The role of environment in shaping material properties is of great significance, but less is known about how non-trivial topology of the environment couples to material states, which can be of non-trivial topology themselves. In this paper, we demonstrate the role of the topology of the environment on the formation of complex nematic fields and defect structures, specifically in the system of nematic colloidal knots. The topological environments around knotted colloidal particles are suggested to exist as spherical surface-patterned nematic cavities imposing radial, uniform or hyperbolic nematic profiles. We show that topologically different nematic environments significantly affect and create differences in the colloidal field structure created within the environment, such as the location, profile and number of topological defects. Specifically, we demonstrate that topological environments in combination with knotted colloidal particles of non-trivial topology lead to the formation of diverse nematic knotted and linked fields. These fields are different adaptations of the knotted shape of the colloidal particles, creating knots and links of topological defects as well as escaped-core defect-like solitonic structures. These are observed in chiral nematic media but here are stabilised in achiral nematic media as a result of the distinct shape of the knotted colloidal particle, with a double helix segment and nematic environmental patterns. More generally, this paper is a contribution towards understanding the role of environment, especially its topology, on the response and defect formation in elastic fields, such as in nematic liquid crystal colloids.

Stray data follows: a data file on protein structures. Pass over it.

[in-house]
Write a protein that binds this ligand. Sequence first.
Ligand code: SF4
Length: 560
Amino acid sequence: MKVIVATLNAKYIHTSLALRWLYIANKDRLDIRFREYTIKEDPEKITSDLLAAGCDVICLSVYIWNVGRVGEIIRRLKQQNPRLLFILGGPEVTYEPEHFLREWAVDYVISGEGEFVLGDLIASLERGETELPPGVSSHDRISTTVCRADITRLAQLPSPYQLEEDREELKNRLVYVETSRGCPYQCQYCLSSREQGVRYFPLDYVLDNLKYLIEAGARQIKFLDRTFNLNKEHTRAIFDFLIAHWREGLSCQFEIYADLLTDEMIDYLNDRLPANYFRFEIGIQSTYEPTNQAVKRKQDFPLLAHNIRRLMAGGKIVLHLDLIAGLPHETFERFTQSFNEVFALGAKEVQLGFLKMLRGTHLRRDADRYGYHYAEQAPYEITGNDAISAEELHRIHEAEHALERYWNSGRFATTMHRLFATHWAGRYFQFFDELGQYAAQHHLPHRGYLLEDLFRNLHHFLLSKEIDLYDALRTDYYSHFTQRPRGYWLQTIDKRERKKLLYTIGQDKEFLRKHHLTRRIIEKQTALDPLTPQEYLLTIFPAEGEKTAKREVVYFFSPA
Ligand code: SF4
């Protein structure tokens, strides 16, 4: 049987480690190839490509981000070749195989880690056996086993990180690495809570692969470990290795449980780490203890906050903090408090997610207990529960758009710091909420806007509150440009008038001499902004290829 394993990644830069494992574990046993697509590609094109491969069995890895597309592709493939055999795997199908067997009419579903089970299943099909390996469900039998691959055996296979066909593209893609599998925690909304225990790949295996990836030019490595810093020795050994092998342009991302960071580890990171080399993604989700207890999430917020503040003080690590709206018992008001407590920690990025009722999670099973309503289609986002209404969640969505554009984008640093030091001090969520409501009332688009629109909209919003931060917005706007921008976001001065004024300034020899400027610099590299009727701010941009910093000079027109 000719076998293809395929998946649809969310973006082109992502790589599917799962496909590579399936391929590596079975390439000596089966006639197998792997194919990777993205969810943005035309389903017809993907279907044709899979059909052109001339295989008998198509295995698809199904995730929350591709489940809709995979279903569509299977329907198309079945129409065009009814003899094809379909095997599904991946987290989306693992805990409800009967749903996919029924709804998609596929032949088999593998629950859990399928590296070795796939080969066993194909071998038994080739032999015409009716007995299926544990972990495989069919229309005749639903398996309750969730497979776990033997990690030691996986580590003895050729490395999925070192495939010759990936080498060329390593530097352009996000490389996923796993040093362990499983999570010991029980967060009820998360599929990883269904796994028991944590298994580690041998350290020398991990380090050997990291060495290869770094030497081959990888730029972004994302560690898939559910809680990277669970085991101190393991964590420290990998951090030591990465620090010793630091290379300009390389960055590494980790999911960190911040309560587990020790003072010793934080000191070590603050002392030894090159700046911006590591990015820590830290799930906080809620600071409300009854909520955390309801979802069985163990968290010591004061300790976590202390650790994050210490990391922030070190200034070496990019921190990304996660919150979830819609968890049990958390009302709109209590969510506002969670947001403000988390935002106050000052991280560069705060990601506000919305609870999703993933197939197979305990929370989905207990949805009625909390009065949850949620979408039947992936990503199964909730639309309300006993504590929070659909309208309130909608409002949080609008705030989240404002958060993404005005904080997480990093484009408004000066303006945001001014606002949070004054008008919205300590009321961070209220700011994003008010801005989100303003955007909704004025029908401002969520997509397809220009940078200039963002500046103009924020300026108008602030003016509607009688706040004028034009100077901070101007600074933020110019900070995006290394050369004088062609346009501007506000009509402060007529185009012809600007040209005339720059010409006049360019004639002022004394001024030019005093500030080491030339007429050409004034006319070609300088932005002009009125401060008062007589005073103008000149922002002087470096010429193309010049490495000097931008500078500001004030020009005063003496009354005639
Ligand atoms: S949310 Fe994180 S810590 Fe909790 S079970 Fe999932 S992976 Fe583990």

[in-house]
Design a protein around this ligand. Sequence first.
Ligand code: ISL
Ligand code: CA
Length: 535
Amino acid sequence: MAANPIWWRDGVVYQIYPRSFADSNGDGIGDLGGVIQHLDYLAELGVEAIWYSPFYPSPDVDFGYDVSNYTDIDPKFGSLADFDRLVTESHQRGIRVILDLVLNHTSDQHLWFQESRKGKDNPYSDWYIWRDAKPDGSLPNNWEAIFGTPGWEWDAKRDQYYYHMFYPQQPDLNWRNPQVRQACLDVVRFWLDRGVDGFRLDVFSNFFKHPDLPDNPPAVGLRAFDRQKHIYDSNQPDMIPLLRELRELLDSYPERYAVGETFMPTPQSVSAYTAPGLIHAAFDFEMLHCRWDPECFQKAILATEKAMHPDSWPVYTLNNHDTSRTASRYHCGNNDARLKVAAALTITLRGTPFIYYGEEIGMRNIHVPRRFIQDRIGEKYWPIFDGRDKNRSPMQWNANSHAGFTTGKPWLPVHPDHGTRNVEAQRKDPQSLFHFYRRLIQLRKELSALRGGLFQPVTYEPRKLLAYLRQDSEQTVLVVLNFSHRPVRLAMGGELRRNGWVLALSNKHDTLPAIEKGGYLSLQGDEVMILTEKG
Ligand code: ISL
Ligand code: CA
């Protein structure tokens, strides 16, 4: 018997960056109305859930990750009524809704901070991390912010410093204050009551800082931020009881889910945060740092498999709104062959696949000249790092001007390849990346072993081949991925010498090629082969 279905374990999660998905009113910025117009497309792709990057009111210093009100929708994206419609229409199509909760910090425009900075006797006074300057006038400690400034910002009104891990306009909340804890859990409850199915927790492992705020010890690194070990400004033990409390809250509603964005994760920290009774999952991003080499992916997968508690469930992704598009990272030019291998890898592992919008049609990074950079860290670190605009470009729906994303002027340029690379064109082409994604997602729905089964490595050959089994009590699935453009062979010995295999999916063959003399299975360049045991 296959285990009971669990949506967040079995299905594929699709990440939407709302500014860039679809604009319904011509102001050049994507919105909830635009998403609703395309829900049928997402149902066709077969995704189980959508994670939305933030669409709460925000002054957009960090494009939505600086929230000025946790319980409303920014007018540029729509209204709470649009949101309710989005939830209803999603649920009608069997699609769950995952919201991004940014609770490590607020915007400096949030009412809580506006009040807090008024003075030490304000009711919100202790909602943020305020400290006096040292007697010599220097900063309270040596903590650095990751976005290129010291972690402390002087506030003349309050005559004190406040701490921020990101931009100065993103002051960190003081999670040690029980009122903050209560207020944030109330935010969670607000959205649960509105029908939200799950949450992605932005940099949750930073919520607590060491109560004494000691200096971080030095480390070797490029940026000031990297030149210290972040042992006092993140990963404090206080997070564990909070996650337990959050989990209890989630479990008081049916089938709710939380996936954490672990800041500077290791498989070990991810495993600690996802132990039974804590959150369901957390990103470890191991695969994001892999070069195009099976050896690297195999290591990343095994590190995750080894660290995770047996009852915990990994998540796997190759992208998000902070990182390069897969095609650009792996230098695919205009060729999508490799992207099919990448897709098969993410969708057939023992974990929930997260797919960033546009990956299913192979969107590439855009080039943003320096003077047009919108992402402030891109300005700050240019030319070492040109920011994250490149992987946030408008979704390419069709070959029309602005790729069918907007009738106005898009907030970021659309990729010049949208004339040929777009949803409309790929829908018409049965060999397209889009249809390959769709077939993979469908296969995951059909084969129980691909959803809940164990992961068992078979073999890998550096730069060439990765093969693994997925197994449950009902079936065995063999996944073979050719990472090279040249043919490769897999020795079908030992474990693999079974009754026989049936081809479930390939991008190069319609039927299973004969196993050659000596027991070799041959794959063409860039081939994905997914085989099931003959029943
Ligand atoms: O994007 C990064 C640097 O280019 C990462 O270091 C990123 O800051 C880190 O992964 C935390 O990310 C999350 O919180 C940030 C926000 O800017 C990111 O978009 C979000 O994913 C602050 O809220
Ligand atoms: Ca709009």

Hashemi, S. M., & Ravnik, M. (2018). Nematic colloidal knots in topological environments. Soft Matter, 14(24), 4935–4945. https://doi.org/10.1039/c8sm00539g